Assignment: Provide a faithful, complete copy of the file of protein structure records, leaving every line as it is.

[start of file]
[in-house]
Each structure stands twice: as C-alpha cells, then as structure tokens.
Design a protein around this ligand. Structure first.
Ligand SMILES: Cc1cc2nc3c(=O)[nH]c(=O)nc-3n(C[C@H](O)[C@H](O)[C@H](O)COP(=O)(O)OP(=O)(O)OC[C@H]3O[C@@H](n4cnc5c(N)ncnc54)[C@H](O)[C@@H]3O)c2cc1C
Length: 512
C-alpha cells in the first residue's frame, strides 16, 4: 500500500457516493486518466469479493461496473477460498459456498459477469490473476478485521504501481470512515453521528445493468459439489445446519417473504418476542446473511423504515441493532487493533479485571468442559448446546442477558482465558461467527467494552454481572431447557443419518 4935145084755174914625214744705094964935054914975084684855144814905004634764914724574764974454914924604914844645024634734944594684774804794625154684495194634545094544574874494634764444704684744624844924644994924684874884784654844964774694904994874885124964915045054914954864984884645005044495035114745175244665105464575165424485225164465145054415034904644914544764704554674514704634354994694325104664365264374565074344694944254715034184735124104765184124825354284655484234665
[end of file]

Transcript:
[in-house]
Each structure stands twice: as C-alpha cells, then as structure tokens.
Design a protein around this ligand. Structure first.
Ligand SMILES: Cc1cc2nc3c(=O)[nH]c(=O)nc-3n(C[C@H](O)[C@H](O)[C@H](O)COP(=O)(O)OP(=O)(O)OC[C@H]3O[C@@H](n4cnc5c(N)ncnc54)[C@H](O)[C@@H]3O)c2cc1C
Length: 512
C-alpha cells in the first residue's frame, strides 16, 4: 500500500457516493486518466469479493461496473477460498459456498459477469490473476478485521504501481470512515453521528445493468459439489445446519417473504418476542446473511423504515441493532487493533479485571468442559448446546442477558482465558461467527467494552454481572431447557443419518 4935145084755174914625214744705094964935054914975084684855144814905004634764914724574764974454914924604914844645024634734944594684774804794625154684495194634545094544574874494634764444704684744624844924644994924684874884784654844964774694904994874885124964915045054914954864984884645005044495035114745175244665105464575165424485225164465145054415034904644914544764704554674514704634354994694325104664365264374565074344694944254715034184735124104765184124825354284655484234665